Ver Angola


Former GE employee had been cleared in Angola of false identity charges

The former GE Angola employee, Wilson da Costa, accused by the US courts of fraud and forgery of documents, had already been the target of a criminal case for using false documents, from which he was cleared in 2020.


Wilson Freitas Daniel da Costa was accused in January 2019 due to strong suspicions that his identity card had been obtained fraudulently, calling into question his Angolan nationality.

According to the criminal report that Lusa then had access to, dated January 14, 2019 and which stemmed from a complaint, the Angolan civil identification services found that there was no data regarding his parents, suspecting that it was actually a foreign citizen.

It was found, in particular, that the characteristics of the photograph on the first identity card "did not comply" with legal standards and that the birth registration was subsequent to his "supposed" first ID card, issued on 18/03/1997, in the province of Malanje.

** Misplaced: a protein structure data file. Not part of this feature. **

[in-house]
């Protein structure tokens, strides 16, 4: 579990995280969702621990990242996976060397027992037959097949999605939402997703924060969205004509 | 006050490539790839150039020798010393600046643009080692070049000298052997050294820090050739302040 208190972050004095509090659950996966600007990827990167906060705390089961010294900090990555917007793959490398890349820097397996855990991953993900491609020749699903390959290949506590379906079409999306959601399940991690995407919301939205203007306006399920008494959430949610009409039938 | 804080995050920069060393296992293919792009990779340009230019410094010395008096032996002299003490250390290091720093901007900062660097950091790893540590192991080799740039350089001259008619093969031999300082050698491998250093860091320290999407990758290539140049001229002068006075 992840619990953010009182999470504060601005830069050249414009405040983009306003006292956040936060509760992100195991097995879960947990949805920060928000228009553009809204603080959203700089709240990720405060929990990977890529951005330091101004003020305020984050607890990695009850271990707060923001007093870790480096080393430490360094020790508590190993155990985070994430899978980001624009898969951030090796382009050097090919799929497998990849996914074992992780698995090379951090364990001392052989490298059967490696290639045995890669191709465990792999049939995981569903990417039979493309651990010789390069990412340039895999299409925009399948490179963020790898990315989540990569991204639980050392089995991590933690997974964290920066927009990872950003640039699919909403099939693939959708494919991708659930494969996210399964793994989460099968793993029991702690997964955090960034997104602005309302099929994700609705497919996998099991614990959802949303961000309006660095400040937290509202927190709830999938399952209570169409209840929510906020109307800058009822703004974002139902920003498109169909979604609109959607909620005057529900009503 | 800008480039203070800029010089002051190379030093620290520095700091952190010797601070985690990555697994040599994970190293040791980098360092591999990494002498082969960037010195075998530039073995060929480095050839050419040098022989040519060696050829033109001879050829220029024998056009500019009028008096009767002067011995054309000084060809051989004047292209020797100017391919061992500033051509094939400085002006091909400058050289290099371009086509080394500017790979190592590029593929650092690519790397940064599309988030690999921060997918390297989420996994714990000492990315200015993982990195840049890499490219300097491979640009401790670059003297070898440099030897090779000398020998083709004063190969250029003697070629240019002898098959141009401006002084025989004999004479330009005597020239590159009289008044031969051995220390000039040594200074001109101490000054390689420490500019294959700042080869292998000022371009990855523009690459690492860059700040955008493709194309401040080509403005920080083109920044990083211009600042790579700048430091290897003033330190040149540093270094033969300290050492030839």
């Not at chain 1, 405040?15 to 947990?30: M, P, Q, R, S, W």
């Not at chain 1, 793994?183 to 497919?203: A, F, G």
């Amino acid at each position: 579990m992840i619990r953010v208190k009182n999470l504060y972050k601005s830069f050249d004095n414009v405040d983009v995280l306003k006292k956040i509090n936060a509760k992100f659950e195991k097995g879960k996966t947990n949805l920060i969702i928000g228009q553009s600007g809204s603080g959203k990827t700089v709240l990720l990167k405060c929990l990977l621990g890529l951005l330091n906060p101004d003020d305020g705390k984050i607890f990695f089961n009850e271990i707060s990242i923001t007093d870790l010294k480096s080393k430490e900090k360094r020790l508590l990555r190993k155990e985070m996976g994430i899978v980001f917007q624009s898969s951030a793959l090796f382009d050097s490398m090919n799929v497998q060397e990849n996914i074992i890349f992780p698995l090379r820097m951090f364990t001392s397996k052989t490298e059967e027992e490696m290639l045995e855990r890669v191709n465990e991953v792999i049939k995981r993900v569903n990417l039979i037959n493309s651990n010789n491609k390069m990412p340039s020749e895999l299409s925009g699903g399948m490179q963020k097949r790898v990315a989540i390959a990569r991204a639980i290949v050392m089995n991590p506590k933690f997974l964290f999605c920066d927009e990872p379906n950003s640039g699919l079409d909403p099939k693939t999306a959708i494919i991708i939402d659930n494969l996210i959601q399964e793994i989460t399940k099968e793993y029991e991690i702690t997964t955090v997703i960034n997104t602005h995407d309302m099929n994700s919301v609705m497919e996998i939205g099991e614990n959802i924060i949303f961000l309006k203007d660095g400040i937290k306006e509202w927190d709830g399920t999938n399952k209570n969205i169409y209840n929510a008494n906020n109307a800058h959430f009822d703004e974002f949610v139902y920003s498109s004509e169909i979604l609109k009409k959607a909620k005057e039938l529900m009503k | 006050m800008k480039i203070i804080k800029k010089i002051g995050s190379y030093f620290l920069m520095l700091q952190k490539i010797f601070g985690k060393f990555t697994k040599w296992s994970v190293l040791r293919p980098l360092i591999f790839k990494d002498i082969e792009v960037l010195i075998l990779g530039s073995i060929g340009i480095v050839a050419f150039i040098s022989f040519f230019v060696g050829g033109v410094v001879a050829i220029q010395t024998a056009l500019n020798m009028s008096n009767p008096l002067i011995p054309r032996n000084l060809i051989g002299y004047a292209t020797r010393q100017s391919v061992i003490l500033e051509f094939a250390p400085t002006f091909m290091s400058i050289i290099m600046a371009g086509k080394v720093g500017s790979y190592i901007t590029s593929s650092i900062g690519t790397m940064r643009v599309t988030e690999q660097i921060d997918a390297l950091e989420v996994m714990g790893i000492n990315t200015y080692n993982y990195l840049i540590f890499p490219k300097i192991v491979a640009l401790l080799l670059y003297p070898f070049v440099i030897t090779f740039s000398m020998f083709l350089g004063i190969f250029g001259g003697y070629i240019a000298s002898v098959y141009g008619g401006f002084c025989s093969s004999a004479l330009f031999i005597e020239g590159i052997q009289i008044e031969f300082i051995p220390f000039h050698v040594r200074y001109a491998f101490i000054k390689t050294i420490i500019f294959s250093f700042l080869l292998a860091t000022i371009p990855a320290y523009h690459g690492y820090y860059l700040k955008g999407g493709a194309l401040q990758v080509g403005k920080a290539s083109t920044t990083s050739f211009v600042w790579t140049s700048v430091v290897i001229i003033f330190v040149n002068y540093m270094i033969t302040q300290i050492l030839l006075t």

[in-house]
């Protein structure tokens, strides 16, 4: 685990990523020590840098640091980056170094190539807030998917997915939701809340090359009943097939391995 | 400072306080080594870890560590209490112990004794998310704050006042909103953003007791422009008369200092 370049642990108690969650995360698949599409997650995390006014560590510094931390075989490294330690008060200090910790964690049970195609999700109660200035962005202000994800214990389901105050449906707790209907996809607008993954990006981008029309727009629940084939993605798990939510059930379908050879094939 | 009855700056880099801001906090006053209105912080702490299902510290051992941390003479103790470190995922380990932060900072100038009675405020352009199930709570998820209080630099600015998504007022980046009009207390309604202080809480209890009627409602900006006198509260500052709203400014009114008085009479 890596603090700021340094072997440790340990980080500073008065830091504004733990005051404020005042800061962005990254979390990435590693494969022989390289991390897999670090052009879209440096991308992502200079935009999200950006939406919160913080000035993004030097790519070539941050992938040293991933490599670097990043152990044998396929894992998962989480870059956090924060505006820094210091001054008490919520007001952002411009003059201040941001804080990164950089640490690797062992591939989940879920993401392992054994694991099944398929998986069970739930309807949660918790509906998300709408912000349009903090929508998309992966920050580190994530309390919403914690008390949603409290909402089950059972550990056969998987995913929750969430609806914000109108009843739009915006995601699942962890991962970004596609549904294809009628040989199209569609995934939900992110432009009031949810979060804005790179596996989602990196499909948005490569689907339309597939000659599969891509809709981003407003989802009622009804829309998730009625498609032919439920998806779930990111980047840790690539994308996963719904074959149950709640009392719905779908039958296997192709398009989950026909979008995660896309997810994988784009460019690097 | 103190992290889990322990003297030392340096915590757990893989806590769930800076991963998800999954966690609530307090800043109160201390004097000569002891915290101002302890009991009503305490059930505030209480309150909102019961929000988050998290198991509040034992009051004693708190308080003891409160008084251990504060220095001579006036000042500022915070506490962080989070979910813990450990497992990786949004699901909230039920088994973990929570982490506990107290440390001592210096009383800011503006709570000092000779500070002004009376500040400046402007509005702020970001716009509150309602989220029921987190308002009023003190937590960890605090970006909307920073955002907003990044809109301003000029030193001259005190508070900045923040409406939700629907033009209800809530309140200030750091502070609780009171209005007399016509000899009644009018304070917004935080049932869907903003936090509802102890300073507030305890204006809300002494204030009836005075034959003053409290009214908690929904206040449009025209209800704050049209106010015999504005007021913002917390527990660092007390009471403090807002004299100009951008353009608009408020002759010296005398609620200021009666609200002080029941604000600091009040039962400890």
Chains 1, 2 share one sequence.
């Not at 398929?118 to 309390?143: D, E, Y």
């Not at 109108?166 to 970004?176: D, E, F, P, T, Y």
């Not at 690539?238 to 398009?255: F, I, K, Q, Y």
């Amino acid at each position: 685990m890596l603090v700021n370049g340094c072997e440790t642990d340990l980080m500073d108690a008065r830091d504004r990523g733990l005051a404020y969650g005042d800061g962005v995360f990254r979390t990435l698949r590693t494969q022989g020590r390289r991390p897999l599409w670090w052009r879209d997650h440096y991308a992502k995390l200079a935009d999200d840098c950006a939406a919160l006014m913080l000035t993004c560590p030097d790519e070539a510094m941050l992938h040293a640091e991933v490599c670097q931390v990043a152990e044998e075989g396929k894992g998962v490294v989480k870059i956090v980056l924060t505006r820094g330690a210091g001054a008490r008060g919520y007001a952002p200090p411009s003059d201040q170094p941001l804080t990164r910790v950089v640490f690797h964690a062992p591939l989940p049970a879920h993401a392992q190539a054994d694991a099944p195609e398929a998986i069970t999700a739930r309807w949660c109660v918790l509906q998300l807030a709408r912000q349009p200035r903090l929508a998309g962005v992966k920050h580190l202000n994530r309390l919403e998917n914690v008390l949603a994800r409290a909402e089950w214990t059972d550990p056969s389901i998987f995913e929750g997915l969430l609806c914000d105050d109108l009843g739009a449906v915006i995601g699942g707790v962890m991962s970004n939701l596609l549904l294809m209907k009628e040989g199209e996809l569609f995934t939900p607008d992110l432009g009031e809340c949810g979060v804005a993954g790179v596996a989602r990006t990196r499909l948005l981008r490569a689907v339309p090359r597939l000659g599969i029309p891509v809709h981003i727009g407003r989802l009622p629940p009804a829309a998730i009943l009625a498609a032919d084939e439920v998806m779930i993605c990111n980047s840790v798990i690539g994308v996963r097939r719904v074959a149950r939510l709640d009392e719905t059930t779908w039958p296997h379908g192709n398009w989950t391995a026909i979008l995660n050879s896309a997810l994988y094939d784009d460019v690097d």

The National Directorate of the Civil and Criminal Identification Archive (DNAICC) then sent a report to the Attorney General's Office, informing that "the alleged foreign citizen managed to acquire authentic national documents and, at the same time, marry a foreign citizen, who as a result of marriage had acquired Angolan nationality", asking that criminal proceedings be initiated against Wilson da Costa for falsifying documents.

However, the deputy attorney general of the Republic, Constância Lopes Capenda, considered that the steps taken in the investigation of the case, with the DNAICC "allowed the conclusion that the existence of the crime that had been indicted should be ruled out".

Thus, the judge, who is the sister of Mário Capemba, GE Vernova's regional sales director for Angola, Mozambique, Kenya and South Africa, signed on January 6, 2020 a certificate proving that Wilson da Costa was a "legitimate carrier" of the Angolan citizen's ticket, ruling out any signs of crime.

In the indictment filed on Wednesday by the federal court in Manhattan, to which Lusa had access on Friday, Wilson da Costa is accused of having used false documents to persuade the Government of Angola to terminate contracts with another company relating to a project of energy and water worth 1.1 billion dollars, as well as identity theft.

The criminal charges arise following a long-running litigation between General Electric and an infrastructure company owned by Portuguese businessmen, AEnergy SA, which raised allegations of reckless conduct and cover-up against the North American company.

Wilson da Costa is accused of falsifying documents allegedly belonging to government officials in Angola as part of the scheme between 2017 and 2019.


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